IDC Finds Australia Represents the Strongest Broadband Revenue Opportunity in Asia Pacific

NORTH SYDNEY – AUGUST 14, 2002 – According to IDC's Australian Broadband Market Analysis and Forecast 2001-2006, Australia represents the strongest broadband revenue opportunity, accounting for only 2% of subscribers in 2001 but 14% of revenues. By 2006, Australia will have 8 % of the region's subscribers and it will represent the second largest revenue opportunity with 39% of total Asia/Pacific broadband revenues.


Australia will become one of the top contributors to Asia Pacific's broadband revenues due to the high broadband service pricing and the dominance of corporate subscribers in the Australian market, said Emilia Wasiak, IDC Senior Analyst, Communications.

Since late last year, the Australian broadband market became increasingly competitive, partly stimulated by the announcement of new broadband wholesale prices, partly by advertising campaigns. New service providers entered the market and a new range of services, including the emergence of metro Ethernet Internet access and wireless LAN services, was launched.

Currently, Telstra remains effectively unchallenged in Australia's broadband market, but ongoing pressure from the industry regulator and renewed activity from Optus following the take-over by SingTel is likely to spurn greater competition in the market this year, added Emilia Wasiak, IDC Senior Analyst, Communications.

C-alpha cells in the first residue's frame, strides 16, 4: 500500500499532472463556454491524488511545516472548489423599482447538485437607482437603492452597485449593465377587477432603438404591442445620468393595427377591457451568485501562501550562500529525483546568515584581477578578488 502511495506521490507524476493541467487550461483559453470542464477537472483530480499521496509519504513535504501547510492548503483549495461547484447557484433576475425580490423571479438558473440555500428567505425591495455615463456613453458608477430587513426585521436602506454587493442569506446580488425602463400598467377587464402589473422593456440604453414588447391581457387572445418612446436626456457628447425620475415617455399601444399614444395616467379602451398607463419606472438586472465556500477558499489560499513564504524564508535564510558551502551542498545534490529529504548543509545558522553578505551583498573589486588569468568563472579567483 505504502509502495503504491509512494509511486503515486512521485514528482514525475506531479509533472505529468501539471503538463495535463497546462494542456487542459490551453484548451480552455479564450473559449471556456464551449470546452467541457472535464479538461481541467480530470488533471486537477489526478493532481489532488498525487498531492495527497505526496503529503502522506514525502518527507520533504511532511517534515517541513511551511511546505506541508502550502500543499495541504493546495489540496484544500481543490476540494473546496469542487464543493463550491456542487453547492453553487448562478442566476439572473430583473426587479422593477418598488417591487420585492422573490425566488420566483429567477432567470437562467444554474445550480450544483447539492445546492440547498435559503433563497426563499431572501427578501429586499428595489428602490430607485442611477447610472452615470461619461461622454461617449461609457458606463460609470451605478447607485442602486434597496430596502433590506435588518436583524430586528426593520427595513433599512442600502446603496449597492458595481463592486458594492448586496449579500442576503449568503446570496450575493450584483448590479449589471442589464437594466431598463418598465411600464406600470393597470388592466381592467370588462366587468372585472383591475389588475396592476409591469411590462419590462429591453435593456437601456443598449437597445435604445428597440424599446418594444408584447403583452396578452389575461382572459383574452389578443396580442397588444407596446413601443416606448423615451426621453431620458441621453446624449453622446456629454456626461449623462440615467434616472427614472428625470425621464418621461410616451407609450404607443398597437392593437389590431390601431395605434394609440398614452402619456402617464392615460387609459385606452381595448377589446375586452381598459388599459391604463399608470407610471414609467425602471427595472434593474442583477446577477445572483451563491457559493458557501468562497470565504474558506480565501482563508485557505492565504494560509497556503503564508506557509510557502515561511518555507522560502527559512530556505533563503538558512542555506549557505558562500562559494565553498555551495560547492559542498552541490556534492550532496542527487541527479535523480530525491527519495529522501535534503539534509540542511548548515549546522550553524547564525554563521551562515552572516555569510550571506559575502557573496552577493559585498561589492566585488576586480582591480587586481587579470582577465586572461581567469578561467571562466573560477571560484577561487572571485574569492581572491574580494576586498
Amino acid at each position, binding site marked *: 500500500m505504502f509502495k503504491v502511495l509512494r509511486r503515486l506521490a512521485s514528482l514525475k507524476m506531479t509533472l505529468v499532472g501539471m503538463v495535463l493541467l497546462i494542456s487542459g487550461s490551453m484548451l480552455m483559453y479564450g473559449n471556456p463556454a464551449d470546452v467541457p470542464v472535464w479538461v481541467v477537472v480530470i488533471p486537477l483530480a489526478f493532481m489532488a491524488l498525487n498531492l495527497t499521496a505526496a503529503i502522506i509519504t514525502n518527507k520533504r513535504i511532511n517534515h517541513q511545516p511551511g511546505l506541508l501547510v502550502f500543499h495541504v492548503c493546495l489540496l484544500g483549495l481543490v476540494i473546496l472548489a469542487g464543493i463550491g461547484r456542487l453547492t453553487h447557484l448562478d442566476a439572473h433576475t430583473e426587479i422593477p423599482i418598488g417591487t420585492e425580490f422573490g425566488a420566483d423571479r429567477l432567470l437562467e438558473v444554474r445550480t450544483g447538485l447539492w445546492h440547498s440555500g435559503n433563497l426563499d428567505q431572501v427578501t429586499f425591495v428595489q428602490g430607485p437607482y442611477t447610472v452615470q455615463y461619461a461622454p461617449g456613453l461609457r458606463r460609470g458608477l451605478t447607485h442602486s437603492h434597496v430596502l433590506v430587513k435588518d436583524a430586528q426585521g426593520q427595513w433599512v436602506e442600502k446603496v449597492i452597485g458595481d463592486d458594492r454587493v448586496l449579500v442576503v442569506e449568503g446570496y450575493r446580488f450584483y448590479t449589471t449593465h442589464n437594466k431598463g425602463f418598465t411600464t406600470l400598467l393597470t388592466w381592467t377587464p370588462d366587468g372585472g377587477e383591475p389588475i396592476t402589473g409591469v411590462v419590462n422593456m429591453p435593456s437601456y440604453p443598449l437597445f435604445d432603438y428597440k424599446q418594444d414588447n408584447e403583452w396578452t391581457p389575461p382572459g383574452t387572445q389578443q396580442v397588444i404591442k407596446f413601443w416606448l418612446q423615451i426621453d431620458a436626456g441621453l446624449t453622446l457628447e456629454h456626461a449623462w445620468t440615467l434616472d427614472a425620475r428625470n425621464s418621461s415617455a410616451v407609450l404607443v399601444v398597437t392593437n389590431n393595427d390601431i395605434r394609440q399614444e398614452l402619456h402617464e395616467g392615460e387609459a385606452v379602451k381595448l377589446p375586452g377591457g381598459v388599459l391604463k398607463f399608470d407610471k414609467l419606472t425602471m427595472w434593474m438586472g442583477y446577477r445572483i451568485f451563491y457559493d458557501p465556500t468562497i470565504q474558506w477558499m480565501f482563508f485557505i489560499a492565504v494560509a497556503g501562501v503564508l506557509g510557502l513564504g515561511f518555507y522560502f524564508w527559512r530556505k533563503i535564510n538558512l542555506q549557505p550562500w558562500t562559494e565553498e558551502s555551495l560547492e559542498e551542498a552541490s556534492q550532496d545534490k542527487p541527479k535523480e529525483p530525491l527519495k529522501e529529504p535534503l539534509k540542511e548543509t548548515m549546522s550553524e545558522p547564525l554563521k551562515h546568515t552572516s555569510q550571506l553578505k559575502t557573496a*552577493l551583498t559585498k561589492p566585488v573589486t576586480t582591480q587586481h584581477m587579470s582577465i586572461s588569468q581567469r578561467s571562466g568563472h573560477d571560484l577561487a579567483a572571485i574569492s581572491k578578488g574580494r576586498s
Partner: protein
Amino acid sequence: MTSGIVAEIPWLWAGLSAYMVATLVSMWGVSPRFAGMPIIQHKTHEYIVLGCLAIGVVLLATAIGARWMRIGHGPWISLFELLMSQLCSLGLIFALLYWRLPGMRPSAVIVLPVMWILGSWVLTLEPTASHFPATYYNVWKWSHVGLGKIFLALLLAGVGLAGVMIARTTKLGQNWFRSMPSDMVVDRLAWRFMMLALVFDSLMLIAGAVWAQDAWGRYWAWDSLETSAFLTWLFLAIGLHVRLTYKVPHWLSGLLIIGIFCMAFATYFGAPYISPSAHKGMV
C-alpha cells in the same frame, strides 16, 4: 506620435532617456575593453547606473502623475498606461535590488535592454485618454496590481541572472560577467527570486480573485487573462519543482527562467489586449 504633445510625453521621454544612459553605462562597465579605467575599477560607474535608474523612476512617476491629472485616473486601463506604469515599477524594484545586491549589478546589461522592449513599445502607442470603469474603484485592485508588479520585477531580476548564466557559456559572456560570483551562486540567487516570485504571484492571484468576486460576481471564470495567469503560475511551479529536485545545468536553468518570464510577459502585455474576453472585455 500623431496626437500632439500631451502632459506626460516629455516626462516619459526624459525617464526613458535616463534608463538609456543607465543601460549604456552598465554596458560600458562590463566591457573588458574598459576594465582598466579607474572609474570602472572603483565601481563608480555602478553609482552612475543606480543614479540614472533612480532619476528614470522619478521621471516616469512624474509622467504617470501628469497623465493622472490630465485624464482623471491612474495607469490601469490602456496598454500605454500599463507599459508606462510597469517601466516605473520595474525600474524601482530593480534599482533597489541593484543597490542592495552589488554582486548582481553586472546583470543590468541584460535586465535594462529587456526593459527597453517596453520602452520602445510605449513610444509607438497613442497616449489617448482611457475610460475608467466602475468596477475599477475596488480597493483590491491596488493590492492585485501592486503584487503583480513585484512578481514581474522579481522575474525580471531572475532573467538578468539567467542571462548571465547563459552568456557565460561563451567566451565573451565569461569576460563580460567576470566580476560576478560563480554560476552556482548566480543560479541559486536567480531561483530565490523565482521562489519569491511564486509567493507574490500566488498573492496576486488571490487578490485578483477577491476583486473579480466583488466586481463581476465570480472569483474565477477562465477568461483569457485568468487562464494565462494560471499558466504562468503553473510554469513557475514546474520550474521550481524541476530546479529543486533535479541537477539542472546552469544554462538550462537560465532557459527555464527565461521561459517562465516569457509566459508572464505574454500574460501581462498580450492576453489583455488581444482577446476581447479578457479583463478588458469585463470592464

The broadband access services market in Australia experienced significant growth in 2001 – growing by 448% since last year to A$914.2 million in 2001. IDC expects the number of subscribers to broadband access services in Australia to grow by 132% percent to 449,000 subscribers by the end of 2002.

The market will experience sustained growth reaching 3.51 million subscribers in 2006, driven by the increase in broadband content and applications on offer, the uncapping of the cable modem bandwidth restrictions, pro-active government initiatives and the increased adoption of next-generation services such as network storage or Virtual Private Networks.

Even though the increase in subscriber numbers seems impressive, broadband penetration still has a long way to go in Australia compared to countries such as Korea where 39% of households hold a residential broadband subscription. Only 2% of Australia's total population is expected to subscribe to a broadband access service in 2002. By 2006, IDC forecasts total broadband subscribers to achieve a population penetration rate of 17%.

Now that subscriber numbers are starting to increase rapidly, broadband content partnerships will be emerging at a much faster pace. We may even see in the latter part of 2002, investors who have been deterred from investments in dotcoms and start-ups starting to see real value propositions and potential return on investment (ROI) in demand for broadband content. Local content will be key to the strong growth over the next several years with multiple technologies coexisting in the market and more than one technology being successfully deployed and adopted. However, because of the limited competition in the cable modem market and the ubiquity of the copper wire infrastructure, DSL will likely maintain its dominant position in the broadband access market in the next years.

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